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Tuesday, 07 July 2015

Laughing and Living Large

By Theresa Joseph Willis

Funnyman Bob Hope said, “I have seen what a laugh can do. It can transform almost unbearable tears into something bearable, even hopeful.”

That’s how I’ve come to feel about those life-long struggles that seem to challenge us from the cradle to the grave. Here’s one of my adventures from a few years ago.

After working for over 25 years as a grants manager in the medical center, I returned to college to prepare for a semi-retirement career in nonprofit health promotion. One of my final courses was a 12-week community nutrition course that was only offered on campus in the middle of the work day.

The classroom was furnished with old desk/chair combos that do not accommodate plump (okay, fat) people.


Those of us who are living large can attest that we always try to arrive early to scope out the seating arrangements. But I was five minutes late on that first Tuesday and the instructor had already begun speaking.

I wanted to walk down the back row and sit behind everyone so as not to bring attention to myself but the students on that row had used the extra space for their backpacks. I could not avoid rubbing either my breasts or my buttocks against them as I passed so I simply smiled and motioned that I would sit elsewhere.

As another late student entered the room, I took the first empty desk I saw in the middle aisle.

Friends, I could see that my equator (okay, midriff bulge) was not going to fit into that contraption so I sat down quickly and I shocked myself! I smashed my carcass into that chair and then busied myself by taking a pad and pen out of my bag while I caught my breath and hoped that the sweat dripping from my brow did not sting my eyes.

Not looking up, I smiled sickly - turning red, orange and blue in the face - and thought, “Lord, please take me now like Enoch!” It wasn’t my time, thankfully, so I just sat that way, letting the rest of my body hang out into the aisle, while the wooden desk dug into every crevice and soft tissue of my body.

The pain was so intense that my eyes began to water. I tried to concentrate on something else - you know, like the heroes in old western movies did when they simply gritted their teeth, while the town’s “doc” poured some whiskey over their open gunshot wound to dig out a bullet with a fire-sterilized knife.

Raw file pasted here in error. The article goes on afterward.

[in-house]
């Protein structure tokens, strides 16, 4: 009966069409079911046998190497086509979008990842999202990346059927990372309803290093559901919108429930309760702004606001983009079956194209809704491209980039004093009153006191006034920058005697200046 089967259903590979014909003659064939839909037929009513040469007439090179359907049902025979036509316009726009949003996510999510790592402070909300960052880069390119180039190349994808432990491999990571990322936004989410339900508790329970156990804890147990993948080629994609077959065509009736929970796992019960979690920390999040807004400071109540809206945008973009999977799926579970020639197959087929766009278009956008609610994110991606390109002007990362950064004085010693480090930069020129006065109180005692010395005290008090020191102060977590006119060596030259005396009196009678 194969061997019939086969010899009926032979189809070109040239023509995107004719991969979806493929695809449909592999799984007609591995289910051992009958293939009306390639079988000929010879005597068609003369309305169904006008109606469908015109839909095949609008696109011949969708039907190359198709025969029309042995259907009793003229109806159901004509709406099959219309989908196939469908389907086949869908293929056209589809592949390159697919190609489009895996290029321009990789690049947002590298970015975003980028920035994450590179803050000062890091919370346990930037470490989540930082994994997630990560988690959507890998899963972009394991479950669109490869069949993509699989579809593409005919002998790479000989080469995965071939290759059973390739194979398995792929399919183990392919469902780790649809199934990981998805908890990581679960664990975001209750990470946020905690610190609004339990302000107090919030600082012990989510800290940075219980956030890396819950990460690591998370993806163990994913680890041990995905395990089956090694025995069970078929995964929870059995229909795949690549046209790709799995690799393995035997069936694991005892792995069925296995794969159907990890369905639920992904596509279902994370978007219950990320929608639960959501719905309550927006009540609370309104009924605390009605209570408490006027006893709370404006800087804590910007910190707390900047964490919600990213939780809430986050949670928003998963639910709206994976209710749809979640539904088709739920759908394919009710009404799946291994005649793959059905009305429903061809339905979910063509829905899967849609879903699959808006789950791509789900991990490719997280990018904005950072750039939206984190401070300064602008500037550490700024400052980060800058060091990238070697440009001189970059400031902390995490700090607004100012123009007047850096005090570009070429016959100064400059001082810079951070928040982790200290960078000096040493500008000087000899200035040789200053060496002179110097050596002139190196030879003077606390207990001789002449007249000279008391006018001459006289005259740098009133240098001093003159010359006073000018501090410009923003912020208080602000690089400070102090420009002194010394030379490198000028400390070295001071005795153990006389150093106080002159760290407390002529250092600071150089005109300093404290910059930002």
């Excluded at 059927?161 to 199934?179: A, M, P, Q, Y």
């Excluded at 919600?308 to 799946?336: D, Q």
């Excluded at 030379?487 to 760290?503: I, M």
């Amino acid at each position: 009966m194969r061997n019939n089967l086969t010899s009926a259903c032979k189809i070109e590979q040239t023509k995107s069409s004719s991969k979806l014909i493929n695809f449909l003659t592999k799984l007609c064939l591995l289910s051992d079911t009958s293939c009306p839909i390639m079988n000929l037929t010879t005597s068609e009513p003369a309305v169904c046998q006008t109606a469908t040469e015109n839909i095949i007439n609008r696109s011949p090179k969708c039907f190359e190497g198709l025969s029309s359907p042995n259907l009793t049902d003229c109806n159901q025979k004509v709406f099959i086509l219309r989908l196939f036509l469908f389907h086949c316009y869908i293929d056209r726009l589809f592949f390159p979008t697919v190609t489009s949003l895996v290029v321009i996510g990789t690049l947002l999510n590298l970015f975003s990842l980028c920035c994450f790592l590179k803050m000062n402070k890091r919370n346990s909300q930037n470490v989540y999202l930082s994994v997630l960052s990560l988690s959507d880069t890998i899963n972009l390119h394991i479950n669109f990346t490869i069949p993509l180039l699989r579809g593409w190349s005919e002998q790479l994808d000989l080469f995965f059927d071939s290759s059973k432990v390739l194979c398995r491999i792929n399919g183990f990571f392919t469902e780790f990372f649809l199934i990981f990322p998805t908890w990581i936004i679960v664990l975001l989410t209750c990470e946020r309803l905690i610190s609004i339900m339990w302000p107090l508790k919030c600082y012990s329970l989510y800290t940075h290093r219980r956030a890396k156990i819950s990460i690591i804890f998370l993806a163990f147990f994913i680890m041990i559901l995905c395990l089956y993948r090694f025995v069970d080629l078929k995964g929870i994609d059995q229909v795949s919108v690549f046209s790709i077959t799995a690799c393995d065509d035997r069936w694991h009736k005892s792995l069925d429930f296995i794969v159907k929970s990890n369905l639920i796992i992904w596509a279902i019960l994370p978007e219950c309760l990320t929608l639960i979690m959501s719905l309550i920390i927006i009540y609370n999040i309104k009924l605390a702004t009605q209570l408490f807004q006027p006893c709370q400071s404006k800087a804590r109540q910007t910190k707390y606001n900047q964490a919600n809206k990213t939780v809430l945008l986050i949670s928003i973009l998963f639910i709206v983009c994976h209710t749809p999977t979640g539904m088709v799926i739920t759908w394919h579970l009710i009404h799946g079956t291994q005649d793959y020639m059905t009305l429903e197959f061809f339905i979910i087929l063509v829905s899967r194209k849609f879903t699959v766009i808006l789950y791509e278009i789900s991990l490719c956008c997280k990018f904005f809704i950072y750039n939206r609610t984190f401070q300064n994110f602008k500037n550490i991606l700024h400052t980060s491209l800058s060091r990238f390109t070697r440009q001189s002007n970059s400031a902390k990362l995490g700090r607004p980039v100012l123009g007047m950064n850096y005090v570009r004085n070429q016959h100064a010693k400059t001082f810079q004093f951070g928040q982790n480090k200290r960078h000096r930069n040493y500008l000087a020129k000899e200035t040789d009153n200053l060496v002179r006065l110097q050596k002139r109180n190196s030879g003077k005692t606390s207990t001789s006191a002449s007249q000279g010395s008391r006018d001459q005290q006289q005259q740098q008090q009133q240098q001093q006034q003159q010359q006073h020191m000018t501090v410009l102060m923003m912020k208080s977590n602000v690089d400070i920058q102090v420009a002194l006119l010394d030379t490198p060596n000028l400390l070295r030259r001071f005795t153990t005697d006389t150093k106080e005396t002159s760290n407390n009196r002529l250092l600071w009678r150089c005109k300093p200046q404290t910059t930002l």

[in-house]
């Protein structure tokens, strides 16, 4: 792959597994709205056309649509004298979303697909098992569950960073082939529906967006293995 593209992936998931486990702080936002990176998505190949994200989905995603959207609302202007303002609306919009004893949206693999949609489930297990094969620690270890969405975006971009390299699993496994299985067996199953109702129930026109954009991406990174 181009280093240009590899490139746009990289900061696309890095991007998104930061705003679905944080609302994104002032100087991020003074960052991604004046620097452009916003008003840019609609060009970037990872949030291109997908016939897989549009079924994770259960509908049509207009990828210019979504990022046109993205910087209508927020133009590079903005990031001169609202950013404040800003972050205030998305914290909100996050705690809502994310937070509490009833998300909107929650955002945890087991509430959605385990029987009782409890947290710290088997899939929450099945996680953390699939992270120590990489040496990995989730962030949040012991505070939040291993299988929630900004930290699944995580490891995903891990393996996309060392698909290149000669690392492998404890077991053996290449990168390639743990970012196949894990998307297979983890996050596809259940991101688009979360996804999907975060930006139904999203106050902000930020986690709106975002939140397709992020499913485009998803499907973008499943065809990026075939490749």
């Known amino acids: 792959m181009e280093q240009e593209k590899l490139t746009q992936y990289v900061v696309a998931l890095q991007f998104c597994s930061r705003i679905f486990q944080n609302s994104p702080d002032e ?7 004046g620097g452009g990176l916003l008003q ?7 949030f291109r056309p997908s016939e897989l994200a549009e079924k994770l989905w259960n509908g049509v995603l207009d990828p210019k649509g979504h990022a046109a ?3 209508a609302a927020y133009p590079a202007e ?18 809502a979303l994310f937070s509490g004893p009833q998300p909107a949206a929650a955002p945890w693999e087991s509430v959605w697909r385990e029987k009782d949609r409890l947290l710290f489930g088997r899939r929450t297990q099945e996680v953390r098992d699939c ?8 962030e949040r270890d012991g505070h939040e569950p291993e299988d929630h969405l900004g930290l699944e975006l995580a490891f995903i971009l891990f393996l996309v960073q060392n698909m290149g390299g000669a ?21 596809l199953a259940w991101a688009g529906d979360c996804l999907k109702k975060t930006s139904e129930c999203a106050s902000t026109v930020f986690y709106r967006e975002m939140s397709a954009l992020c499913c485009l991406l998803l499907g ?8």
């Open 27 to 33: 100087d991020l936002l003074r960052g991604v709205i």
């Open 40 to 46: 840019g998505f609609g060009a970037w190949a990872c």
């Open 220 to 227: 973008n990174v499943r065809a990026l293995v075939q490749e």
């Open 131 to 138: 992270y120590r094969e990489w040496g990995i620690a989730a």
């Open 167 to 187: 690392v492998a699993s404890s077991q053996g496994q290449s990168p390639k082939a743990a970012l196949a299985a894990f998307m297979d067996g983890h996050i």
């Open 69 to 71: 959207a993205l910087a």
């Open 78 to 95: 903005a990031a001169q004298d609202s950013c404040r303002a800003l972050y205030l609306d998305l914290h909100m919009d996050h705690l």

I noticed that I was probably the most mature (okay, oldest) person in the room and one of only three overweight students in the entire class of 150. I tried to look slimmer and could feel myself slinking down into the seat (surely I was imagining this because my body was absolutely stuck in that chair).

I was grateful that I did not have to look the instructor in the eye, who by then was vigorously preaching about obesity in the U.S. The young lady seated in front of me was wider and taller than I and also hung out into the aisle, such that she completely blocked my view of the professor and vice versa.

As the syllabus review was winding down, I became totally engulfed in an out-of- body experience and my left leg, foot, hip and both buttocks went numb. Then ever so faintly, the instructor announced that the class was a “hybrid” and would meet one day on campus and one day online.

Suddenly my glassy eyes began to re-focus. I could not feel my body below the waist but I knew that I was still alive because I heard someone who sounded like me actually giggle when she said, “...so don’t come to class on Thursday.”

I made an A in that class. When we got around to studying the obesity epidemic, all of those young, slim students who I thought would be judgmental towards me surprisingly shared their own stories about struggling with weight.

The dreaded desk/chair became my weekly weight-loss gauge and it helped me to lose 32 pounds that semester.

Moral of this story: Before you can change unhealthy habits, you have to work on improving the health of your mind. So LAUGH every day and LAUGH heartily. Laugh at yourself and don’t worry that other people may be laughing at you. Who can frown and laugh at the same time, right?

[INVITATION: All elders, 50 and older, are welcome to submit stories for this blog. They can be fiction, non-fiction, poetry, memoir, etc. Please read instructions for submitting.]

Posted by Ronni Bennett at 05:30 AM | Permalink | Email this post


A delightful story! Like you, a sense of humor is what gets me through life. Long may you laugh!

You are my hero!

Never knew you were such a good writer! Keep up the good work!

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